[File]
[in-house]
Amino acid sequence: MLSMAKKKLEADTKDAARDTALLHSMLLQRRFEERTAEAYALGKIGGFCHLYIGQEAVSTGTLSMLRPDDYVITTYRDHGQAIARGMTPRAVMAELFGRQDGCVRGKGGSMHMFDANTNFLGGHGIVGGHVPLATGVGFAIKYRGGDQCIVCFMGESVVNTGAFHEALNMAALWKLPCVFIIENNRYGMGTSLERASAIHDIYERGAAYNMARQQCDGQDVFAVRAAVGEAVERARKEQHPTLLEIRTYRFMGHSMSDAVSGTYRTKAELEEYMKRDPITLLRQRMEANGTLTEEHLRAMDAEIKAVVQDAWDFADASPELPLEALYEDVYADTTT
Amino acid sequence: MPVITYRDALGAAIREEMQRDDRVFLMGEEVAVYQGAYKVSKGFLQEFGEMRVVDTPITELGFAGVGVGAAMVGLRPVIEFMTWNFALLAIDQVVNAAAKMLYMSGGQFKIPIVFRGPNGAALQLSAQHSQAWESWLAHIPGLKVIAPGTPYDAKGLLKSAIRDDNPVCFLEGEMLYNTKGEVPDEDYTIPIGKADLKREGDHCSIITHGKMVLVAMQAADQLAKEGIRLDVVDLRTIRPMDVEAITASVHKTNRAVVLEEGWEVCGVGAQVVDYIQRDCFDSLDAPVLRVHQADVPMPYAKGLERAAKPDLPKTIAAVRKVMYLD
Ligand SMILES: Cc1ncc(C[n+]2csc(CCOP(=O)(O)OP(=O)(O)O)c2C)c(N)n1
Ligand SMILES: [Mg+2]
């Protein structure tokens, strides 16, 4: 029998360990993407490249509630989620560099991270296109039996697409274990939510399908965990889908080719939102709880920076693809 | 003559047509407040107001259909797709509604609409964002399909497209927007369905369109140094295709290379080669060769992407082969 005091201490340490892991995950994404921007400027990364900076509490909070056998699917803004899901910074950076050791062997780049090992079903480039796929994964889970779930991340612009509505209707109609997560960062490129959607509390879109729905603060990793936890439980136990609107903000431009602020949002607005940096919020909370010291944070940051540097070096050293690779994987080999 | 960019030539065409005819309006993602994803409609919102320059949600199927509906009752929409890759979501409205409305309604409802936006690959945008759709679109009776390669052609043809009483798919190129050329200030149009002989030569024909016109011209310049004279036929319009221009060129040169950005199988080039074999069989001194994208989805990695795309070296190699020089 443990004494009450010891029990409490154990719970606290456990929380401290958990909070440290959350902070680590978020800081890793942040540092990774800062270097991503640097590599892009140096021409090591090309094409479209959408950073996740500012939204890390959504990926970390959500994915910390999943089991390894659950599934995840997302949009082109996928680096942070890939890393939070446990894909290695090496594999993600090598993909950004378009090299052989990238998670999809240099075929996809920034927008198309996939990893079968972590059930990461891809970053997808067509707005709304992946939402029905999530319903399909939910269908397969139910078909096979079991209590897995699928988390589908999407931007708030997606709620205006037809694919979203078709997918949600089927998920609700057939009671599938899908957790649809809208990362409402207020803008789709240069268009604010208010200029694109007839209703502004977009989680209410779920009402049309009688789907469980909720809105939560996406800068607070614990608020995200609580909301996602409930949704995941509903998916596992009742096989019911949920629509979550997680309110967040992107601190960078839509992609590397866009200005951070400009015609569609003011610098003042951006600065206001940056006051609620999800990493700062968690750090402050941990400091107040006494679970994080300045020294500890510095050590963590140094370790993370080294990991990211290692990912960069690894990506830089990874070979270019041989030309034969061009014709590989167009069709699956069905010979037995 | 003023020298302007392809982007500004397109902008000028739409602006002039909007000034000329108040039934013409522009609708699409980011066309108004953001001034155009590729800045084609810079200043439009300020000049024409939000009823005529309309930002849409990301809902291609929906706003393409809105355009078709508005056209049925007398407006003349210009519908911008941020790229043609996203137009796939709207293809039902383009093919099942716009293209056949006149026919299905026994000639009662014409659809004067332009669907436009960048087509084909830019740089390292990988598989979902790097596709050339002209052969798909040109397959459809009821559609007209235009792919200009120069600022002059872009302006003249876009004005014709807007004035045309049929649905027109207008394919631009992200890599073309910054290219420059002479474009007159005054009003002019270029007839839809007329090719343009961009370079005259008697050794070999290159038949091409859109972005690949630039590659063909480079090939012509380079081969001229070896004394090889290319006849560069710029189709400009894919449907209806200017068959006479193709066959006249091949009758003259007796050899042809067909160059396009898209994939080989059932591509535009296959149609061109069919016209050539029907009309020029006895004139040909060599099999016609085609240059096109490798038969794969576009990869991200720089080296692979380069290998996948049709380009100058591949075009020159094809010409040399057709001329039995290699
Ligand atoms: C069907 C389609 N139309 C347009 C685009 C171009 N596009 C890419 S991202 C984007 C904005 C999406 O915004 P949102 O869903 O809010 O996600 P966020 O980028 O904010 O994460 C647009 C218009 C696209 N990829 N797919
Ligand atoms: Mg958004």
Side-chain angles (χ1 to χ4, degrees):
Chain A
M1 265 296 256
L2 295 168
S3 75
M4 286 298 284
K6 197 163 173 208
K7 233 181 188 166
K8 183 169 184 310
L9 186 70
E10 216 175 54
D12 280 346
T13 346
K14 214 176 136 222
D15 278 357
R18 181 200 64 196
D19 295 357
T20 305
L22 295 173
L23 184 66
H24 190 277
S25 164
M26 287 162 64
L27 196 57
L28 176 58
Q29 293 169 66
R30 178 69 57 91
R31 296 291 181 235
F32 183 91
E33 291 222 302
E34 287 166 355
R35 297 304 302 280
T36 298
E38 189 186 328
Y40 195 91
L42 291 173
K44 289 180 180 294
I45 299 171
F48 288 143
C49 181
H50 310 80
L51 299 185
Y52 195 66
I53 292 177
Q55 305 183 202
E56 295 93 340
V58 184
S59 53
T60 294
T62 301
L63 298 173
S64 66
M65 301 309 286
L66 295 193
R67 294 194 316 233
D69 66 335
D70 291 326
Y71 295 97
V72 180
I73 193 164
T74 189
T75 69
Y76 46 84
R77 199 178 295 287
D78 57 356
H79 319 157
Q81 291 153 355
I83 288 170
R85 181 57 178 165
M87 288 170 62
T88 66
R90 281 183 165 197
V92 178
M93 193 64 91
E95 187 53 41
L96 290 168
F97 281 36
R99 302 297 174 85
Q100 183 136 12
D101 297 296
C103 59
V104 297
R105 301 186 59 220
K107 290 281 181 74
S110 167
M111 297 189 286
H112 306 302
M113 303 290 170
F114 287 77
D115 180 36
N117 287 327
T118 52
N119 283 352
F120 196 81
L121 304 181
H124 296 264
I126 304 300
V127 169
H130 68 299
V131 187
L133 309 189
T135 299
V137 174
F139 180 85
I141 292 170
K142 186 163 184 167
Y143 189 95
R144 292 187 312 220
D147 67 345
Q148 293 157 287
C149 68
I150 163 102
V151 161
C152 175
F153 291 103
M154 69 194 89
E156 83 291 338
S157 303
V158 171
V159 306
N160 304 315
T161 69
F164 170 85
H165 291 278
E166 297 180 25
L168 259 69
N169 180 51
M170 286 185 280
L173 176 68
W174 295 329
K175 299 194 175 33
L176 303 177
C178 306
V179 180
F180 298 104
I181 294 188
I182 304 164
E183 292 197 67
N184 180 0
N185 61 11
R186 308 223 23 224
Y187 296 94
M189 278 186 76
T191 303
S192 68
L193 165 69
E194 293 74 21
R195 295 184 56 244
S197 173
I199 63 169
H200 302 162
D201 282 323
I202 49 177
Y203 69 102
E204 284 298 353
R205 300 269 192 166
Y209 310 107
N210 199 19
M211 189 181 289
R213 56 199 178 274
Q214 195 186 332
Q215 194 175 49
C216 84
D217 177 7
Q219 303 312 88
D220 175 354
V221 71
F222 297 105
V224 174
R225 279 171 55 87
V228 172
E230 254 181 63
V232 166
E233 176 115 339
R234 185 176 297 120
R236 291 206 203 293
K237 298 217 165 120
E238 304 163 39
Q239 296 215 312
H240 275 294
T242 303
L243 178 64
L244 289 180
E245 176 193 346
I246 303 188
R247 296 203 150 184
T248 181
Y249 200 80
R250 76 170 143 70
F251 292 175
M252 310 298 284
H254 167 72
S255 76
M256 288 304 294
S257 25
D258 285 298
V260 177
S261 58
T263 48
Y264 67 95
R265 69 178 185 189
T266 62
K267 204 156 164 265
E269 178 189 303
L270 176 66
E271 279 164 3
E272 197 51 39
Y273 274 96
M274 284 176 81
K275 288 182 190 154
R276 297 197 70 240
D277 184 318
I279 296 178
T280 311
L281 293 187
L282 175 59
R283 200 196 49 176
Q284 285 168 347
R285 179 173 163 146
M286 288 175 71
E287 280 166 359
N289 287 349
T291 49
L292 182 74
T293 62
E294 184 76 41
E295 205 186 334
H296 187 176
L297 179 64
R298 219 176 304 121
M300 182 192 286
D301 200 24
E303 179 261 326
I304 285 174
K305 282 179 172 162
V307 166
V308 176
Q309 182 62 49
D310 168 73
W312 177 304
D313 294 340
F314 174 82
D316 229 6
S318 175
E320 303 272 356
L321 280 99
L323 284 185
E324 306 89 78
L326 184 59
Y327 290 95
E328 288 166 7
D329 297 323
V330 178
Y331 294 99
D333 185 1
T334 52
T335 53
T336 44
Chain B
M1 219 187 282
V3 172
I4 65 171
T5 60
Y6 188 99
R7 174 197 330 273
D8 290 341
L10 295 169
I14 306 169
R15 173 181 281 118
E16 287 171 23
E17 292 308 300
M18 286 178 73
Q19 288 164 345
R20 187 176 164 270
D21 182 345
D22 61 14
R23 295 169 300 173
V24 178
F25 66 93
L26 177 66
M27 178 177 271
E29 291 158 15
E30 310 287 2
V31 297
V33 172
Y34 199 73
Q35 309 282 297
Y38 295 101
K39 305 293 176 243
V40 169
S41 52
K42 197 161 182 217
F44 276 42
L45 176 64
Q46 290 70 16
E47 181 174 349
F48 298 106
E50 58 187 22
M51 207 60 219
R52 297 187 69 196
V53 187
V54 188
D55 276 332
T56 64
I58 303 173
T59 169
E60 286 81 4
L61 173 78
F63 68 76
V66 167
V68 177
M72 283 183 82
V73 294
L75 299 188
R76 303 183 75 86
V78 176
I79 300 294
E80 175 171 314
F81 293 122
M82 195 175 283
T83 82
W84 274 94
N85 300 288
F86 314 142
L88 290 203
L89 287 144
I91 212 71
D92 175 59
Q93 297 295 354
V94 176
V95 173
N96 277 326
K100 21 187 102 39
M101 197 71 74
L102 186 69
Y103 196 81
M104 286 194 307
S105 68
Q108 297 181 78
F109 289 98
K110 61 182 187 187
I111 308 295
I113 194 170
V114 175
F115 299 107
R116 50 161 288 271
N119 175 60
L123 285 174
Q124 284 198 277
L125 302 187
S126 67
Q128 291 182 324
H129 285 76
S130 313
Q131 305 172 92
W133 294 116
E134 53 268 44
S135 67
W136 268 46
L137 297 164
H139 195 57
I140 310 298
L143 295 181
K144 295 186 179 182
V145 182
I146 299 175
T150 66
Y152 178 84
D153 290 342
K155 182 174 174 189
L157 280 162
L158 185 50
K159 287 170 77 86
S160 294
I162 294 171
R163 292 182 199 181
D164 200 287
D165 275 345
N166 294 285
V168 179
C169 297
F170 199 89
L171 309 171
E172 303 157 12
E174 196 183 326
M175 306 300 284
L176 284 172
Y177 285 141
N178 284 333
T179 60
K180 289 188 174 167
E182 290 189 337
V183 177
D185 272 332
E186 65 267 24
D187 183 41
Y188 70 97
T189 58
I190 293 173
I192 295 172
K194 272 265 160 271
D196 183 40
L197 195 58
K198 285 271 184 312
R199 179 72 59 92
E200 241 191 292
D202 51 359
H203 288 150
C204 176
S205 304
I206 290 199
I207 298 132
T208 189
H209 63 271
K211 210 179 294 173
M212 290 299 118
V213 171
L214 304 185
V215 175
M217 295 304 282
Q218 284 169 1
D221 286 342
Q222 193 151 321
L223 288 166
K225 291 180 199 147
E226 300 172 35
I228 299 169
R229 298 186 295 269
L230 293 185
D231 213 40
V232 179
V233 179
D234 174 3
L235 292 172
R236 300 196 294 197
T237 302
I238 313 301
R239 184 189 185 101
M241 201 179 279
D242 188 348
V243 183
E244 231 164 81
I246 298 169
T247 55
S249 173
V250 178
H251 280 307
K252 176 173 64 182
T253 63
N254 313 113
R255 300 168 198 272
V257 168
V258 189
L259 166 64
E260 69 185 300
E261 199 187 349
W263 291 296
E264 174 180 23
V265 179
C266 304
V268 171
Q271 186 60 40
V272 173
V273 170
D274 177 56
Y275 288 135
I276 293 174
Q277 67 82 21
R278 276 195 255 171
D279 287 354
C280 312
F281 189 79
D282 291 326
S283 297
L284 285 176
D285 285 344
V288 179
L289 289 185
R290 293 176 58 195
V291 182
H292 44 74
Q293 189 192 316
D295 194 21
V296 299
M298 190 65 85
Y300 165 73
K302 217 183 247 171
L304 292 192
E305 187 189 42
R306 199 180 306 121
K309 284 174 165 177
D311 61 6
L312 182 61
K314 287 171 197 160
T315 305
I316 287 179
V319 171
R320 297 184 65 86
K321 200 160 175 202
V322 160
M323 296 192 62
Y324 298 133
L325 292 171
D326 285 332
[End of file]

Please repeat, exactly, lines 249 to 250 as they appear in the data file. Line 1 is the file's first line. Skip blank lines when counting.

D313 294 340
F314 174 82